Carson Wentz’s behavior is unbecoming of an NFL quarterback who’s supposed to be a beacon of leadership. And it would be unacceptable if he were Black.
For the last few weeks, as reports have trickled out about the Eagles quarterback’s desire in being traded elsewhere and topped by his declination to tell his side Monday, these are the only two conclusions I could come to.
What’s unknown is how the relationship between Wentz and head coach Doug Pederson got sideways, and perhaps Pederson is at greater fault than what meets the eye. From my view, Pederson waited a game or two too long before making the switch from Wentz to rookie Jalen Hurts. And had he waited any longer, he would have risked losing the locker room playing a quarterback who, for whatever reasons, was clearly broken.
Wentz’s $128 million contract extension he signed in 2019 has not kicked in yet. And with four years of contract left to honor and no sign of Philadelphia running off his latest competition, Wentz reportedly wants out if he’s not starting and doesn’t care to correct the record or speak for himself.
The Eagles have been talking Wentz up at every turn. That may be to maintain leverage for a potential trade, and there’s no reason to do anything but praise Wentz publicly when the relationship is already on its last legs anyway. But Pederson and GM Howie Roseman may actually mean what they say when they claim they want to work with Wentz on getting back to his normal self for 2021.
Roseman looked back at drafting Wentz — and moving mountains to get the No. 2 pick — for his perspective. “I don’t think it’s a secret that we moved up for him (in 2016) because (we believe in him),” he said Monday, the day Wentz declined to speak with the media. “When you have players like that, they’re like fingers on your hand. You can’t imagine that they’re not part of you, that they’re not here. That’s how we feel about Carson.”
In Philly, at worst, Wentz would go into OTAs, minicamp and training camp as the team’s No. 1 quarterback. He’d get the majority of first-team reps, once again getting every opportunity to succeed. If he lost his job to the second-year quarterback at that point, well, the game’s the game. But there’s very little evidence the Eagles are ready to hand the franchise over to Hurts right now or in September.
Record in starts
Here’s a list of facts about Carson Wentz and the Eagles since 2017 with as little editorializing from me as possible:
Wentz was a top-three MVP candidate in 2017 before tearing his ACL in December. His Eagles rode into and throughout the playoffs as underdogs, beating the mighty Patriots in the Super Bowl with Nick Foles at quarterback.The Eagles regularly, publicly backed Wentz as the starter in 2018 when he returned to health. When he did, he went 5-6 as a starter before a back injury had him miss the rest of the season for a second straight year. The Eagles, as a team, played better in many facets with Foles at QB, and Philly came within a play of going back to the NFC title game.A Philly Voice report emerges after that 2018 season that paints Wentz as “egotistical” and “selfish,” according to player and team sources. Eagles teammates publicly back their Quarterback, and Wentz meets with media to refute most of the story himself. But he does admit he could have been a better teammate throughout the year. “So I’m not going to sit here and say it was inaccurate and completely made up,” Wentz told reporters then.Given the option between Wentz, a now-twice-injured starter on a rookie deal, and a playoff-proven Foles who required a payday, Philadelphia chose Wentz. They let Foles sign a career deal with Jacksonville and then inked Wentz to a four-year extension worth $128 million. There could be no mistaking Wentz was Their Guy.Wentz put the team on his back in December 2019, winning four straight games with a dearth of talent at wide receiver and capturing the NFC East title. He suffered a concussion early in Philadelphia’s wild-card game and his season again ended early.The Eagles spend a second-round pick on Hurts in the 2020 NFL draft but, again, make clear that Wentz is absolutely the quarterback of the present and the future. Then Wentz’s play falls off a cliff for reasons that are still unclear. Pederson sticks with Wentz for at least a game or two longer than most would have before going to Hurts, who provides an instant spark to the offense.And now Wentz is reportedly ready to leave Philadelphia and play elsewhere, at least if he is not given the job for next season.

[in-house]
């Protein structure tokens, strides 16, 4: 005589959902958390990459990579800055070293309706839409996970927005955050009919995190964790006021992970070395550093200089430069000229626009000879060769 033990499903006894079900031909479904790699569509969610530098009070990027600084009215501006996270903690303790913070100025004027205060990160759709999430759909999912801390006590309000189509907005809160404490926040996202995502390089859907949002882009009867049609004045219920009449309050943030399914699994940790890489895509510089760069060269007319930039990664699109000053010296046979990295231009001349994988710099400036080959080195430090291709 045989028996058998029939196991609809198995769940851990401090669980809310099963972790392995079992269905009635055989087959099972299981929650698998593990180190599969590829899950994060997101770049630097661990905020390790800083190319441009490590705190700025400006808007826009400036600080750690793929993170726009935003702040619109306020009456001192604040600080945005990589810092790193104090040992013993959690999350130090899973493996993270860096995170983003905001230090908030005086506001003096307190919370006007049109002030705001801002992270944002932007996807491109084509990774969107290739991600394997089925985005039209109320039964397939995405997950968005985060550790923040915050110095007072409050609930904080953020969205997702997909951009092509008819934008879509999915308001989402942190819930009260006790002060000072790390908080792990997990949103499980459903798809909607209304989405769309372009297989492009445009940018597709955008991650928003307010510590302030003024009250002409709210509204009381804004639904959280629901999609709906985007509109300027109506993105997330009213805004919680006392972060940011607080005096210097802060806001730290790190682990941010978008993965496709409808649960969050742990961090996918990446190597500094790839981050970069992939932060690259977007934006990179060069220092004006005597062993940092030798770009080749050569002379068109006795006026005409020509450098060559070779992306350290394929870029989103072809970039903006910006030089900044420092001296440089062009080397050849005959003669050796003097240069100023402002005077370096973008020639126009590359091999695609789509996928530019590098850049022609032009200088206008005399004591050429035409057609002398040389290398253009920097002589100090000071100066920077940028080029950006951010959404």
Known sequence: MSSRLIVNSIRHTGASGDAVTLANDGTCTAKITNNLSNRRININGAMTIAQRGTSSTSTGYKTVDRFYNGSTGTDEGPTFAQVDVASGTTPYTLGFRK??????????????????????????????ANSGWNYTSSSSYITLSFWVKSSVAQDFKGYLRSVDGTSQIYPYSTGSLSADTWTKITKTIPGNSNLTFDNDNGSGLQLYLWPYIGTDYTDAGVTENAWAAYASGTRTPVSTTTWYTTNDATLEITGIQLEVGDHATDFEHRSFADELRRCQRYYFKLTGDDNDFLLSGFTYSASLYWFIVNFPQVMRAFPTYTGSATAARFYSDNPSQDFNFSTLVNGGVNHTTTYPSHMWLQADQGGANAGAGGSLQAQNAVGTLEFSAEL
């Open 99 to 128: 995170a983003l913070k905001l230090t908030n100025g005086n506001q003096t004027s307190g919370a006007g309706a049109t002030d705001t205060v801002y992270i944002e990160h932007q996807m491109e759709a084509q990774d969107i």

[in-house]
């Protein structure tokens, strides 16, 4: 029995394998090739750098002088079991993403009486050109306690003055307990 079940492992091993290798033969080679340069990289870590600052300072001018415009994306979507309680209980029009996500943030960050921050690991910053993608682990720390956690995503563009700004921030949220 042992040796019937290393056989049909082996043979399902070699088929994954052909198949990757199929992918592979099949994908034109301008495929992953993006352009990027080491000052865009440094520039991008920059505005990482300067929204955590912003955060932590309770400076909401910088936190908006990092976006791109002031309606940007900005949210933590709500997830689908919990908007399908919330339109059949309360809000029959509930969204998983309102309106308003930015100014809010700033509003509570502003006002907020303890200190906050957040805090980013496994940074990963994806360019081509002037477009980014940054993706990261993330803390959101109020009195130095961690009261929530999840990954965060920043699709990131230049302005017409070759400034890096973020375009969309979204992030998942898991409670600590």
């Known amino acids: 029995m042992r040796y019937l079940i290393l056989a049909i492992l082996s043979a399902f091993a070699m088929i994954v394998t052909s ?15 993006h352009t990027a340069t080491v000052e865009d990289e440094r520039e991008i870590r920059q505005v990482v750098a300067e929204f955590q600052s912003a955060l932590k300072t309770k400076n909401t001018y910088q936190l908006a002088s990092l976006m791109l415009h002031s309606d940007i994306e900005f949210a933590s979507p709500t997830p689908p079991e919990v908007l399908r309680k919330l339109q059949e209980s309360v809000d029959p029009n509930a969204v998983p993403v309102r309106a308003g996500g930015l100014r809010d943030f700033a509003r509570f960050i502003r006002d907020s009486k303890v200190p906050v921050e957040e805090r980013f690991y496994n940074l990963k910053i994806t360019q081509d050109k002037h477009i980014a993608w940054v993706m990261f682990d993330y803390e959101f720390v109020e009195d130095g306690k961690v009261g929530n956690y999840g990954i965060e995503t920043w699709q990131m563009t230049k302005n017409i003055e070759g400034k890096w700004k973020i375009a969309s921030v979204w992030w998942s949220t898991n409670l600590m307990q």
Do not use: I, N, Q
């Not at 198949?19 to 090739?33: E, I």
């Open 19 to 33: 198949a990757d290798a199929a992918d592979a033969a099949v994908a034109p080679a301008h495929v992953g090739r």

That’s audacious. And that Wentz isn’t getting lambasted for this behavior — at the quarterback position! — shows a level of privilege that can only be attained if you’re white.
A defensive back or receiver can kick and scream their way out of a city. That may not be expected or condoned in the sports realm, but it’s understood that players at some positions can play that card. That’s not the case for a face-of-the-franchise quarterback, and it never will be.